Mastering Backdoor: A Full Walkthrough of HackTheBox

In the world of cybersecurity, penetration testing is an important tool for identifying and addressing vulnerabilities in systems and networks. One of the ways that security professionals can hone their skills and test their abilities is through challenges and CTFs (capture the flag) events, such as the popular platform HackTheBox.

In this article, we'll be diving into one of the challenges on HackTheBox, the "Backdoor" machine, and providing a step-by-step guide for successfully compromising the system and capturing the flag.

Understanding the Scenario

The Backdoor machine is a Windows-based virtual environment that simulates a real-world scenario. The objective is to gain administrative access to the system, either by exploiting a vulnerability or by cracking a password.

As with all challenges on HackTheBox, it is recommended to not use any automated tools or scripts, as this takes away from the learning experience and goes against the spirit of the challenge.

Information Gathering

The first step in any penetration testing engagement is to gather information about the target. In this case, the target is the Backdoor machine on HackTheBox.

We can start by running a scan using the popular tool nmap, which will give us information about the open ports and services on the target system.

nmap -sV

From the nmap output, we can see that the target system has two open ports:

Port 21 (FTP)
Port 80 (HTTP)


With this information in hand, the next step is to try and identify any vulnerabilities or weaknesses in the services running on the target system. In this case, our focus will be on the HTTP service running on port 80.

Upon visiting the website hosted on the target system, we notice that it is running an outdated version of a popular content management system (CMS) - Joomla. Further research reveals that there is a known vulnerability in this version of Joomla that can be exploited to gain access to the system.

Using a simple Metasploit module, we can successfully exploit the vulnerability and gain a low-level shell on the target system.

graph LR A[Information Gathering] --> B[Exploitation] B --> C[Low-level Shell]

Privilege Escalation

With a low-level shell on the target system, the next step is to escalate our privileges and gain administrative access to the system. This can be done by finding and exploiting further vulnerabilities on the system, or by cracking passwords.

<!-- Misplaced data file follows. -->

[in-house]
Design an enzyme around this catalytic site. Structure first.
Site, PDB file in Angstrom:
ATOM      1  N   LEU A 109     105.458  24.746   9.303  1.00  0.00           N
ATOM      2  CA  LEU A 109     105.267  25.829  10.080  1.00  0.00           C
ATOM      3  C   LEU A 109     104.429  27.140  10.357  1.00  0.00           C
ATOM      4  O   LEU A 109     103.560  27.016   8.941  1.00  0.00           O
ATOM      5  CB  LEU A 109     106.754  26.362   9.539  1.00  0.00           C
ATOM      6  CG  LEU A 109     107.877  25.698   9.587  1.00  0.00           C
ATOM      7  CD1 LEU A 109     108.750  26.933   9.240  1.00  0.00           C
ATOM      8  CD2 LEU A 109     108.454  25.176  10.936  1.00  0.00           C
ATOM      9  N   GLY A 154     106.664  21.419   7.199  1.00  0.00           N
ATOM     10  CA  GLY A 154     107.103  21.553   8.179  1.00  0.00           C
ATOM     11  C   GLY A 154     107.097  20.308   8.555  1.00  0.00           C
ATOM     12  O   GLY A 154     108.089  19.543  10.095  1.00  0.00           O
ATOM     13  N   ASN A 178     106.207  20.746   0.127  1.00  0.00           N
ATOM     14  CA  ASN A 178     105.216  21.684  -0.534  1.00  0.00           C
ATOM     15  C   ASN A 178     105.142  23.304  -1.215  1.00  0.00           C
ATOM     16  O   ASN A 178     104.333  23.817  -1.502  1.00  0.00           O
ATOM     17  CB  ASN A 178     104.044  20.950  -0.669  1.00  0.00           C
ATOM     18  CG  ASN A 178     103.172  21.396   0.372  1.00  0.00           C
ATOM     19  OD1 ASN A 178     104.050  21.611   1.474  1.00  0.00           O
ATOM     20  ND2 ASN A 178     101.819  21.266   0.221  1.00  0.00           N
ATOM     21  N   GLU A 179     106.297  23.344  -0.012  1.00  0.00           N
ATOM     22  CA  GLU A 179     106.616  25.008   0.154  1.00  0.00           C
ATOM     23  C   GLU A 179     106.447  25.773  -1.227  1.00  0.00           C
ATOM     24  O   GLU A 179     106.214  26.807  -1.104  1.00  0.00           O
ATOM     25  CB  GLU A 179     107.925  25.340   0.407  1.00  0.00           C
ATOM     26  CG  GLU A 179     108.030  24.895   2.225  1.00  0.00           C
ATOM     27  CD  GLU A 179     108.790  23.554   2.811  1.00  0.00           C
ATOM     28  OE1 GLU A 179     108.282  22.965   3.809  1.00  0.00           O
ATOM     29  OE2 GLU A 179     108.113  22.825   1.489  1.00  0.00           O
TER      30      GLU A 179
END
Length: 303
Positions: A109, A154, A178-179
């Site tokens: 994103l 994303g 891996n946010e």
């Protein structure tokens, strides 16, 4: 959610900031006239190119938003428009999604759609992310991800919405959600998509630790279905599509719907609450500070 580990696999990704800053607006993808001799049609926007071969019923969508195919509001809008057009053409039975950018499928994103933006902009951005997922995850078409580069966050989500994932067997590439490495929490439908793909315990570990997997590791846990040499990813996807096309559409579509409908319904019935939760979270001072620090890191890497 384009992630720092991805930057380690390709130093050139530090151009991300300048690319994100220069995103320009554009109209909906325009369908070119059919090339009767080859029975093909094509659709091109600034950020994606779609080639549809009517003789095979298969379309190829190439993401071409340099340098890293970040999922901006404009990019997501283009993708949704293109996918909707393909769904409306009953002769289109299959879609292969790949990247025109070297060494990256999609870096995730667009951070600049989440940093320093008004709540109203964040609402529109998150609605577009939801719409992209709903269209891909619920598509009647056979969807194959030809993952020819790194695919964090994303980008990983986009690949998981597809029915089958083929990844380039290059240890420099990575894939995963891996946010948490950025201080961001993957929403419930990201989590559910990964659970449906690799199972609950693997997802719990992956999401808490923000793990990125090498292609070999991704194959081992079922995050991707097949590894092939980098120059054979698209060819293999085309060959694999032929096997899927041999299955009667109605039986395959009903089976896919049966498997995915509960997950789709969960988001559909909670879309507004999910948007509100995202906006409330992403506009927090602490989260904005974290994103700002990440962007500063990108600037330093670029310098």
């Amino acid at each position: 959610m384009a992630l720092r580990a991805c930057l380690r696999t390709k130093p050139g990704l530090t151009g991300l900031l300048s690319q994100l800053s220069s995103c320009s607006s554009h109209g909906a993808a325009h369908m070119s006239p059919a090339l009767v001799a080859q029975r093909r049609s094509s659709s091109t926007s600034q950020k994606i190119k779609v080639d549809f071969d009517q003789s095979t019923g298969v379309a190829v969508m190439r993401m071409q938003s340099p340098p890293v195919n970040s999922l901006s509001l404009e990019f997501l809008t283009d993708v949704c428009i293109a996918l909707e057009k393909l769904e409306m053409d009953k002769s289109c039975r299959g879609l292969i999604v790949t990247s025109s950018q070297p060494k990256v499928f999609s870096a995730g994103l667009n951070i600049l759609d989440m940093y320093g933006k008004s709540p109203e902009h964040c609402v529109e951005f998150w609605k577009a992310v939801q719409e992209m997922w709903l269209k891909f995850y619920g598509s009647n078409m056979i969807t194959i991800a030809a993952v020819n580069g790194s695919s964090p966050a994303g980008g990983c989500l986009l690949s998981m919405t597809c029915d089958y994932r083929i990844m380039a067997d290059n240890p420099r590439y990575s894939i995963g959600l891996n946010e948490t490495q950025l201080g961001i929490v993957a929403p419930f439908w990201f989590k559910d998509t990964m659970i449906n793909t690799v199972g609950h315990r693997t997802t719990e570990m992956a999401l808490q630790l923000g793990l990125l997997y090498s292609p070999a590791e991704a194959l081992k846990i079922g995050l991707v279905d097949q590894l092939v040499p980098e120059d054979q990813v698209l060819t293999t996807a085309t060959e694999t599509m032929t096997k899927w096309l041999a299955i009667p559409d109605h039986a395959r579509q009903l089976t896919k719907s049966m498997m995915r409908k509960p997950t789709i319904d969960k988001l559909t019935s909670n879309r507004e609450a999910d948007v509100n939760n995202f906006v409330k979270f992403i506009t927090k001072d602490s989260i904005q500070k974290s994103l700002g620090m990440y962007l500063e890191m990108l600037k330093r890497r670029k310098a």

In this case, we can use the PowerUp PowerShell script to help us identify any potential privilege escalation vectors. This script enumerates the system and presents us with a list of possible ways to escalate our privileges.

After reviewing the list, we find a misconfigured service that is running with elevated privileges. By exploiting this service, we are able to gain administrative access to the target system.

graph LR C[Low-level Shell] --> D[Privilege Escalation] D --> E[Administrative Access]

Possession of the Flag

We may now look for the flag, which is evidence that we have successfully breached the system, because we have administrative access to the target system. Usually, the flag is hidden in a particular file or place on the computer.

In this instance, the flag can be found in the desktop file root.txt in C:UsersAdministrator. We successfully captured the flag and finished the task after gaining access to the file and reviewing its contents.

graph LR E[Administrative Access] --> F[Capturing the Flag]


Penetration testers and security experts will find the "Backdoor" machine on HackTheBox to be tough and instructive. We were able to successfully compromise the system and capture the flag by using a methodical strategy that included information gathering, exploitation, privilege escalation, and flag capture.

This article highlights the significance of staying up to date with the newest vulnerabilities and exploits in the realm of cybersecurity and serves as a detailed guide for anyone wishing to take on the "Backdoor" machine on HackTheBox.

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